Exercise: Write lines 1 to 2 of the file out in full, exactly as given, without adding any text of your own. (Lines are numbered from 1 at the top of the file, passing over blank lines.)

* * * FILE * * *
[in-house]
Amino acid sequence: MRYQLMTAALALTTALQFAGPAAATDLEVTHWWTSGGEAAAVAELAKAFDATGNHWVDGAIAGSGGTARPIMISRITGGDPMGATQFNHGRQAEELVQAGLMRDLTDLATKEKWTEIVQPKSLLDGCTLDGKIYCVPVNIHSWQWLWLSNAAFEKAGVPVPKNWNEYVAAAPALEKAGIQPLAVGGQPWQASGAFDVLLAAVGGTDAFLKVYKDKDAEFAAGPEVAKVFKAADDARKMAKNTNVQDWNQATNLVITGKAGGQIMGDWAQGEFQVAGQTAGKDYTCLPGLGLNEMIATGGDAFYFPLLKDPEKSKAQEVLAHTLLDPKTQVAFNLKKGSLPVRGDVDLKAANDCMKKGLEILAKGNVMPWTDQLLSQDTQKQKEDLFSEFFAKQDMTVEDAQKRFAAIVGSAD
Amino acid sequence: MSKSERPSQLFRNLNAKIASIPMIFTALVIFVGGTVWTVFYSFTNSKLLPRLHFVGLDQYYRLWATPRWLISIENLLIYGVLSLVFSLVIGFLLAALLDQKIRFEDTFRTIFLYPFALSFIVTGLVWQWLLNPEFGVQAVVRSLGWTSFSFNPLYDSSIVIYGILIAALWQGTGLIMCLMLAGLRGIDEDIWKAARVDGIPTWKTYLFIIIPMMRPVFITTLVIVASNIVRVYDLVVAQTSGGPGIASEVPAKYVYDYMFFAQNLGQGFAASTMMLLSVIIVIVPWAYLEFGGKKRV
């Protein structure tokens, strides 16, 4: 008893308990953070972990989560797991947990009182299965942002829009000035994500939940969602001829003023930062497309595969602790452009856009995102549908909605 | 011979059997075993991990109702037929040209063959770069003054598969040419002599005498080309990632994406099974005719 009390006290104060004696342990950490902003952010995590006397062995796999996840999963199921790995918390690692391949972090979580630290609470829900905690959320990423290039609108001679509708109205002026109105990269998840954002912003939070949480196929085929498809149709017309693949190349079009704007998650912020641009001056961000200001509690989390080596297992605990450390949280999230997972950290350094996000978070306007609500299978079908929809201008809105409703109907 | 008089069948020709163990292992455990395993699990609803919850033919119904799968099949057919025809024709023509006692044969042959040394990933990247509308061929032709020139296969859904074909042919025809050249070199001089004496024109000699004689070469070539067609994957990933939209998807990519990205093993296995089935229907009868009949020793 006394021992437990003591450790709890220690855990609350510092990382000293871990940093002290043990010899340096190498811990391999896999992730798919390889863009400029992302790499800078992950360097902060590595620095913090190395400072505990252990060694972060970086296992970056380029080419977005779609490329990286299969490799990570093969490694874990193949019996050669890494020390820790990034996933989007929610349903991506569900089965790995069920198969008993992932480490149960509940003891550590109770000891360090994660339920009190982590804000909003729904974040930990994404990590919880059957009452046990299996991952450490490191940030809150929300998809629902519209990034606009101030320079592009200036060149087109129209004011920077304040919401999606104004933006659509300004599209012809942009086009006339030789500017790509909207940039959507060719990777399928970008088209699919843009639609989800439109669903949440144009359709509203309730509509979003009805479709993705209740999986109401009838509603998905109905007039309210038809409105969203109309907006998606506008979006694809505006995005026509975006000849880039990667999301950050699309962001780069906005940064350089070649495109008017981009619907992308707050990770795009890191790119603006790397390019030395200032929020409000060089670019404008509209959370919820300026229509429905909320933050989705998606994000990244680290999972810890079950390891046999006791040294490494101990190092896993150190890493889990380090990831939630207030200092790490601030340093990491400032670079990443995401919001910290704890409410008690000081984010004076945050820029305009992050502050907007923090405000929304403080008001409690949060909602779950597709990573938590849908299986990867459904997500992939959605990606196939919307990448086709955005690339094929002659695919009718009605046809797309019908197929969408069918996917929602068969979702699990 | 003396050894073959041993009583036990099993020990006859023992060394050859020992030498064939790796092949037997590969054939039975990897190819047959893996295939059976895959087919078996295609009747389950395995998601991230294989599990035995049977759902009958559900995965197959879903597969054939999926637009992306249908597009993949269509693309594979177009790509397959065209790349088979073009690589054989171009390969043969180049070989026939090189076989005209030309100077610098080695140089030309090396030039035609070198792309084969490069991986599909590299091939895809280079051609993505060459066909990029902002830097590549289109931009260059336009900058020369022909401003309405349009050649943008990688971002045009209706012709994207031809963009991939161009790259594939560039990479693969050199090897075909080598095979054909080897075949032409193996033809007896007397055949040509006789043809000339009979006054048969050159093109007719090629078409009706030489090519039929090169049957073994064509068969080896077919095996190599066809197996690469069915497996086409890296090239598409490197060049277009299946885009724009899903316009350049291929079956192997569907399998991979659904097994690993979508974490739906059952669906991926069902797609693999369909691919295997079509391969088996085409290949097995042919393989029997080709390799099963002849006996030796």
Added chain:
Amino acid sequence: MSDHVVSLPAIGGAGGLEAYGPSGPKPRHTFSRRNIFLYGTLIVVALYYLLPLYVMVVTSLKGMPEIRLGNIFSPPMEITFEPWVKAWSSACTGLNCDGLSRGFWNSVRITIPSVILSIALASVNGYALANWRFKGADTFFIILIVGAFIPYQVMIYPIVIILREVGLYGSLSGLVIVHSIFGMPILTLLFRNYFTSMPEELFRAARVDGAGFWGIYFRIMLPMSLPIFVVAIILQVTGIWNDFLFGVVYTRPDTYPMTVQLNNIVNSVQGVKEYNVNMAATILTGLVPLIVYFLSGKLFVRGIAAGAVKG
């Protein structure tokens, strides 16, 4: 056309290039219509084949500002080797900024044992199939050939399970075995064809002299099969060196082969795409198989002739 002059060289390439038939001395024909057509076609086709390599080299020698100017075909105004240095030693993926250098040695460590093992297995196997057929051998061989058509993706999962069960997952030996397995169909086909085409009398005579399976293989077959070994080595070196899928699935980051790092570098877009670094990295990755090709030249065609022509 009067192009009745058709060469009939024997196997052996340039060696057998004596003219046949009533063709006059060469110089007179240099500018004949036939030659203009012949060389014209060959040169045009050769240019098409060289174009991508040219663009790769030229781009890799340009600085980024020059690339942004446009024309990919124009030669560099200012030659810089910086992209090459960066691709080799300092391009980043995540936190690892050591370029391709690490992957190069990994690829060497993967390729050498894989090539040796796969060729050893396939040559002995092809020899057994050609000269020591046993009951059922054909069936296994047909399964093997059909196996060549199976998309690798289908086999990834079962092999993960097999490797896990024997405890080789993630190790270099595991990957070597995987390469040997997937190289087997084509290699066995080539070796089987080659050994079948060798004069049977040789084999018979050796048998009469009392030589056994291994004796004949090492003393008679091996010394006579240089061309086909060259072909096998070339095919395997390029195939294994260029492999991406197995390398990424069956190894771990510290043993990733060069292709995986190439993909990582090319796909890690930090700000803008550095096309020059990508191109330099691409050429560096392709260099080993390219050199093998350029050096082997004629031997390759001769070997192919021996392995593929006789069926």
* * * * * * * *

[in-house]
Amino acid sequence: MRYQLMTAALALTTALQFAGPAAATDLEVTHWWTSGGEAAAVAELAKAFDATGNHWVDGAIAGSGGTARPIMISRITGGDPMGATQFNHGRQAEELVQAGLMRDLTDLATKEKWTEIVQPKSLLDGCTLDGKIYCVPVNIHSWQWLWLSNAAFEKAGVPVPKNWNEYVAAAPALEKAGIQPLAVGGQPWQASGAFDVLLAAVGGTDAFLKVYKDKDAEFAAGPEVAKVFKAADDARKMAKNTNVQDWNQATNLVITGKAGGQIMGDWAQGEFQVAGQTAGKDYTCLPGLGLNEMIATGGDAFYFPLLKDPEKSKAQEVLAHTLLDPKTQVAFNLKKGSLPVRGDVDLKAANDCMKKGLEILAKGNVMPWTDQLLSQDTQKQKEDLFSEFFAKQDMTVEDAQKRFAAIVGSAD